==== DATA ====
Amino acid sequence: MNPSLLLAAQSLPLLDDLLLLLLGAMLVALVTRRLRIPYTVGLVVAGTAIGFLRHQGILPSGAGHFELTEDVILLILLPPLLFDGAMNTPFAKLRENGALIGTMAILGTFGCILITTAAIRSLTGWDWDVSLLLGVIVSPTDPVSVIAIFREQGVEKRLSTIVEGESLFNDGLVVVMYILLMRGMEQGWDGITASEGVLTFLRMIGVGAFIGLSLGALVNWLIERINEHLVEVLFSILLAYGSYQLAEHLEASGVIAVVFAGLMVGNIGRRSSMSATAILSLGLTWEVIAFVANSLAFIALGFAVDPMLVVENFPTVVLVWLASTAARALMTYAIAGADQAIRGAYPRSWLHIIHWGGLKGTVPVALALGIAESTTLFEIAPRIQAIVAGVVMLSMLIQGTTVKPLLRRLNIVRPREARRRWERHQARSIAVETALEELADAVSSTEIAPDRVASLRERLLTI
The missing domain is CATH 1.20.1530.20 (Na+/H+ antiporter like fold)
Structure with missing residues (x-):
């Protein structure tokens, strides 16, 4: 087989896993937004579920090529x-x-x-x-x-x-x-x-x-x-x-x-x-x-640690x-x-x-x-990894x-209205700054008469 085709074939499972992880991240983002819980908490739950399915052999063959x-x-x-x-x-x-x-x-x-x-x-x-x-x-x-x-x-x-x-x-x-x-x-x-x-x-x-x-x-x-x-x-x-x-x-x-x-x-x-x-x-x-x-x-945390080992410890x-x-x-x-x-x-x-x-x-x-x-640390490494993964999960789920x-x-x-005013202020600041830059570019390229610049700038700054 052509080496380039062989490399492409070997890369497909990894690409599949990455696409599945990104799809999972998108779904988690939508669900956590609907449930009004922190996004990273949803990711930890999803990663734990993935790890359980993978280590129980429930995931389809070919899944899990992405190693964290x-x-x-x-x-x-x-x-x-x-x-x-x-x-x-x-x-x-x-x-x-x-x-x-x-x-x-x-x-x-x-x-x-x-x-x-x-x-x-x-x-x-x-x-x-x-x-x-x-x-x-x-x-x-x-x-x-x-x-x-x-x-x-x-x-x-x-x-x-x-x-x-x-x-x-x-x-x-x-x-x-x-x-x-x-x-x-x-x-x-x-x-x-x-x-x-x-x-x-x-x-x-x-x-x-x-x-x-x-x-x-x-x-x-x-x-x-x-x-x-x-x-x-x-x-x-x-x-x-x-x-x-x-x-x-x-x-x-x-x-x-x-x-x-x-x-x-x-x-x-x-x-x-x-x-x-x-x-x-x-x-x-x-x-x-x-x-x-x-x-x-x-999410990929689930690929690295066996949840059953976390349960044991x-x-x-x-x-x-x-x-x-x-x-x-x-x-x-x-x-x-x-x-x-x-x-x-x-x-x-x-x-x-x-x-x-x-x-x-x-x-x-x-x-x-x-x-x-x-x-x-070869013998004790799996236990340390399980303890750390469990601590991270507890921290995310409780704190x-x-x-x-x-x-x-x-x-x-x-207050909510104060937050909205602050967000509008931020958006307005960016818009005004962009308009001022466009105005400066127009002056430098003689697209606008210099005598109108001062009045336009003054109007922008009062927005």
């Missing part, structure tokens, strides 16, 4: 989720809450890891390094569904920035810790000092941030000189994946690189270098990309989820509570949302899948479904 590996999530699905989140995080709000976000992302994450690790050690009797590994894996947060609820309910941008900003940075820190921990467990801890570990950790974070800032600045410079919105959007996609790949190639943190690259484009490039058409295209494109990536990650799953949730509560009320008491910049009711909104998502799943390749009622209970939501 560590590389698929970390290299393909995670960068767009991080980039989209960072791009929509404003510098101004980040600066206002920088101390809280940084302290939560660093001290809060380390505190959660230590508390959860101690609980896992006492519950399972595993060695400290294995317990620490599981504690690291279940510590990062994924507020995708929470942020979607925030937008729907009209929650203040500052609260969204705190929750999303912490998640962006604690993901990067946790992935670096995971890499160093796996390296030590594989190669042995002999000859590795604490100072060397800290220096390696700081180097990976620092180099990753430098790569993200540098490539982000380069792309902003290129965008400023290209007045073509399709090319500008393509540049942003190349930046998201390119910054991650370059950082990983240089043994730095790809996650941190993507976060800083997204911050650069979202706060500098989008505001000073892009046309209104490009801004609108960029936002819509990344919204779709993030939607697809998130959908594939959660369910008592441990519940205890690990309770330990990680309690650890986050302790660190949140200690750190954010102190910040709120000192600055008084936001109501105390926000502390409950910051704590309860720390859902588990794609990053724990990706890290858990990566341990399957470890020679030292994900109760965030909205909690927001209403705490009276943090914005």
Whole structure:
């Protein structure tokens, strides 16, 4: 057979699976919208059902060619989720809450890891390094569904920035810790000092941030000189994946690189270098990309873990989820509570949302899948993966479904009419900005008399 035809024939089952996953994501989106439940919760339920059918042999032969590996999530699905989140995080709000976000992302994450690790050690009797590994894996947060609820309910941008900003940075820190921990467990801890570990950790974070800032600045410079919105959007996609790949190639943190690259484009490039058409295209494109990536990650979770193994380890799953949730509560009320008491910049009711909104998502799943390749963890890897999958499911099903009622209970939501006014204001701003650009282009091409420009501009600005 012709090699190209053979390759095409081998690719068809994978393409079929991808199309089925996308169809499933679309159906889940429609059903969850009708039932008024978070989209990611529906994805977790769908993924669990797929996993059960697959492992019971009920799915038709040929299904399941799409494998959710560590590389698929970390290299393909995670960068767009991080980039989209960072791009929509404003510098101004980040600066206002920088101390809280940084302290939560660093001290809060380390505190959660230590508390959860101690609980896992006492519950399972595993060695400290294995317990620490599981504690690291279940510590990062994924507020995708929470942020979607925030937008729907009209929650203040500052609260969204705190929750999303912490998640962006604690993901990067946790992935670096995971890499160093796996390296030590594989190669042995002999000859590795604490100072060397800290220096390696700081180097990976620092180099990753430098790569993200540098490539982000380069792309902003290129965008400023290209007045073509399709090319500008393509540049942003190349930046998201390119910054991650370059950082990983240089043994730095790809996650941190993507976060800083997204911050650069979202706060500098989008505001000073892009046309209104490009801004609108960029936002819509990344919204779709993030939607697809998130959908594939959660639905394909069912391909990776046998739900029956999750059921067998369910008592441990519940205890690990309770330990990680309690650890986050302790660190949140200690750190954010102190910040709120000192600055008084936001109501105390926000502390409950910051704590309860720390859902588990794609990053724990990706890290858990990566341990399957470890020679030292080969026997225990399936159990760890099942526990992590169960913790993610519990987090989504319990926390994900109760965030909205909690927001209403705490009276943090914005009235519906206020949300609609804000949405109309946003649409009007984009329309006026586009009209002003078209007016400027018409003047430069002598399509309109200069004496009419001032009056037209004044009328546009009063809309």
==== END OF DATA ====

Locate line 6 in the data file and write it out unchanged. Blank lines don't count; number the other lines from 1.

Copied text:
Whole structure: